There are still a few good journalists left among BBG media entities, but I have never seen such chaotic and uneven performance as I did looking at VOA English, Russian, French to Africa and other output in recent months. When Boko Haram Islamists in Nigeria recently forced enslaved teenage girls to video-record a terrorist message, VOA quickly produced a segment of this video for Facebook and posted it online with English subtitles. No senior BBG leader seemed to have objected that broadcasting direct messages from terrorists recorded by their victims under a threat of death, and showing the faces of minors in captivity, is not something responsible news organizations do in a manner VOA chose to do it. There was an earlier warning from the Nigerian Minister of Information that VOA reporting on Boko Haram plays in the hands of the terrorists.

When I contacted senior BBG and VOA officials seeking an explanation for the latest Boko Haram message VOA video, they did not respond. VOA had broadcast a video excerpt of the blackmail threat and all but urged the Nigerian government to accept it. But when Vice President Joe Biden made a speech in Riga on August 24, in which he mentioned the Hitler-Stalin Pact and spoke about U.S. foreign policy vis a vis Russian expansionism and aggression, BBG, VOA’s English and Russian services, and RFE/RL’s Radio Liberty Russian Service did not cover his powerful remarks.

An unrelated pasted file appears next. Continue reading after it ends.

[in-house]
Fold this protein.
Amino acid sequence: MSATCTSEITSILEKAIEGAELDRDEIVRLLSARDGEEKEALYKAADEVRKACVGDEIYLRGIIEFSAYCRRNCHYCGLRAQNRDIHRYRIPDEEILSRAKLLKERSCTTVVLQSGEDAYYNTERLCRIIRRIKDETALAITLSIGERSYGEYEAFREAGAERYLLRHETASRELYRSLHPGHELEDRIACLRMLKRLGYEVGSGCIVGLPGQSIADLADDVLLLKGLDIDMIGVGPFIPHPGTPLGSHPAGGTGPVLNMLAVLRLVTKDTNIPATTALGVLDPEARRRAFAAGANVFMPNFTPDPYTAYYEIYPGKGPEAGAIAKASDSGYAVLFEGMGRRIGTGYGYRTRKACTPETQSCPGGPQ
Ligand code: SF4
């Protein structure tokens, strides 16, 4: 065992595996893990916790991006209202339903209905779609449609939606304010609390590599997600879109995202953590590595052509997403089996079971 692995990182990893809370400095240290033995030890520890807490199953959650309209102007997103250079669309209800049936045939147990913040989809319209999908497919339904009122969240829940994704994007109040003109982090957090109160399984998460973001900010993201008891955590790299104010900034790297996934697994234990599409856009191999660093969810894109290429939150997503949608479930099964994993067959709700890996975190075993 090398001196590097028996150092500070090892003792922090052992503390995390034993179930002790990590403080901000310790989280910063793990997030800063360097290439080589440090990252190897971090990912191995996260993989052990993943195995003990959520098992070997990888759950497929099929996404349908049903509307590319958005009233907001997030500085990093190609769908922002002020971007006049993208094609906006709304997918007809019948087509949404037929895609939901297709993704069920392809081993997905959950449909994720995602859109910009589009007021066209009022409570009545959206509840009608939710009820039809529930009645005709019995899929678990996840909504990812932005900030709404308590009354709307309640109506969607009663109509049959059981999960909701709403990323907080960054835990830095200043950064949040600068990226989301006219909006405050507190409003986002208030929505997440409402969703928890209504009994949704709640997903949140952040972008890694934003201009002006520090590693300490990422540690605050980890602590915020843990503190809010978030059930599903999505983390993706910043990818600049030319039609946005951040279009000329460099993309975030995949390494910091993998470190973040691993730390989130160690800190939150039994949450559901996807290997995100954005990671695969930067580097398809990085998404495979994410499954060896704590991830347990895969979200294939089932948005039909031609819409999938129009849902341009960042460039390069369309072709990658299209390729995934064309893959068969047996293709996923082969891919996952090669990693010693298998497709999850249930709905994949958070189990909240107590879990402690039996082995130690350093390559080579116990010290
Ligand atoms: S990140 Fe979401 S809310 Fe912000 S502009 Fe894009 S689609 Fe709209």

Wonder why BBG, VOA, and RFE/RL did not make arrangements to send a reporter with the Vice President to Riga or at least cover his Molotov-Ribbentrop speech remotely?

It’s not any shortage of taxpayers’ money at the disposal of BBG officials.

With its $777 million budget (FY 2017 Budget Request), the Broadcasting Board of Governors spends more in inflation-adjusted dollars than the U.S. domestic and foreign propaganda agency, the Office of War Information (OWI), spent in any one year during World War II against Nazi Germany and Japan, and more money than the Voice of America and Radio Free Europe and Radio Liberty got throughout much of the Cold War.